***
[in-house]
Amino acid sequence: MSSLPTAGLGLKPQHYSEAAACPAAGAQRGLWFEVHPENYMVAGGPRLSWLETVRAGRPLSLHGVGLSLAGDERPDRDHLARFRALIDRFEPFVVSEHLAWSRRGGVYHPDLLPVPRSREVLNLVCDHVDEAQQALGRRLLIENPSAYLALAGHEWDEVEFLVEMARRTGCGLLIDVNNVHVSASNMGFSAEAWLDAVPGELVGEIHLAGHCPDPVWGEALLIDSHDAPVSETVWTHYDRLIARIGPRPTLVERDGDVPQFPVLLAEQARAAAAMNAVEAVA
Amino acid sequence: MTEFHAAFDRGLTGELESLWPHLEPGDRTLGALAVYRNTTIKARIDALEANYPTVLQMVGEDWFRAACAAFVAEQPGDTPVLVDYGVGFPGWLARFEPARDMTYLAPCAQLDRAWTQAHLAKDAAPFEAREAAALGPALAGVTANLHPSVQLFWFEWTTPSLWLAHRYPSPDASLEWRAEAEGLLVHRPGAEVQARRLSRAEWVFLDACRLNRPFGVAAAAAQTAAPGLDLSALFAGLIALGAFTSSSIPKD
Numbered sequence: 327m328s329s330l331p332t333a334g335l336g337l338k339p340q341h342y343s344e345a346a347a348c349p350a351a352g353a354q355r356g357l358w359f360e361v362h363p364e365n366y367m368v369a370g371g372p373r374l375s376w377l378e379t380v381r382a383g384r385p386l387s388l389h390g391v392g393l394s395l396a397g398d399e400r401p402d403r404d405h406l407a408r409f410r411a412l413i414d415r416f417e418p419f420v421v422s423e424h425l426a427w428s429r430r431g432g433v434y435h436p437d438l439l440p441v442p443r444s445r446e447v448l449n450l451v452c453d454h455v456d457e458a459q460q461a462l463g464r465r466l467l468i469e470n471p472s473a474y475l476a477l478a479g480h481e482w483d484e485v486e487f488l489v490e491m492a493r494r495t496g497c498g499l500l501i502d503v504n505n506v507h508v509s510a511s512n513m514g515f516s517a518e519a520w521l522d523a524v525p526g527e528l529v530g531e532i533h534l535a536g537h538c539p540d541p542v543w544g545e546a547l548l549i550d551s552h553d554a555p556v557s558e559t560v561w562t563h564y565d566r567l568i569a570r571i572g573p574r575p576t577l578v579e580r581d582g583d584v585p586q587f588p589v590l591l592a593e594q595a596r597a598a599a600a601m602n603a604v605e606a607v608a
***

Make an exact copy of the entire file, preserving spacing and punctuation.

[in-house]
Amino acid sequence: MSSLPTAGLGLKPQHYSEAAACPAAGAQRGLWFEVHPENYMVAGGPRLSWLETVRAGRPLSLHGVGLSLAGDERPDRDHLARFRALIDRFEPFVVSEHLAWSRRGGVYHPDLLPVPRSREVLNLVCDHVDEAQQALGRRLLIENPSAYLALAGHEWDEVEFLVEMARRTGCGLLIDVNNVHVSASNMGFSAEAWLDAVPGELVGEIHLAGHCPDPVWGEALLIDSHDAPVSETVWTHYDRLIARIGPRPTLVERDGDVPQFPVLLAEQARAAAAMNAVEAVA
Amino acid sequence: MTEFHAAFDRGLTGELESLWPHLEPGDRTLGALAVYRNTTIKARIDALEANYPTVLQMVGEDWFRAACAAFVAEQPGDTPVLVDYGVGFPGWLARFEPARDMTYLAPCAQLDRAWTQAHLAKDAAPFEAREAAALGPALAGVTANLHPSVQLFWFEWTTPSLWLAHRYPSPDASLEWRAEAEGLLVHRPGAEVQARRLSRAEWVFLDACRLNRPFGVAAAAAQTAAPGLDLSALFAGLIALGAFTSSSIPKD
Numbered sequence: 327m328s329s330l331p332t333a334g335l336g337l338k339p340q341h342y343s344e345a346a347a348c349p350a351a352g353a354q355r356g357l358w359f360e361v362h363p364e365n366y367m368v369a370g371g372p373r374l375s376w377l378e379t380v381r382a383g384r385p386l387s388l389h390g391v392g393l394s395l396a397g398d399e400r401p402d403r404d405h406l407a408r409f410r411a412l413i414d415r416f417e418p419f420v421v422s423e424h425l426a427w428s429r430r431g432g433v434y435h436p437d438l439l440p441v442p443r444s445r446e447v448l449n450l451v452c453d454h455v456d457e458a459q460q461a462l463g464r465r466l467l468i469e470n471p472s473a474y475l476a477l478a479g480h481e482w483d484e485v486e487f488l489v490e491m492a493r494r495t496g497c498g499l500l501i502d503v504n505n506v507h508v509s510a511s512n513m514g515f516s517a518e519a520w521l522d523a524v525p526g527e528l529v530g531e532i533h534l535a536g537h538c539p540d541p542v543w544g545e546a547l548l549i550d551s552h553d554a555p556v557s558e559t560v561w562t563h564y565d566r567l568i569a570r571i572g573p574r575p576t577l578v579e580r581d582g583d584v585p586q587f588p589v590l591l592a593e594q595a596r597a598a599a600a601m602n603a604v605e606a607v608a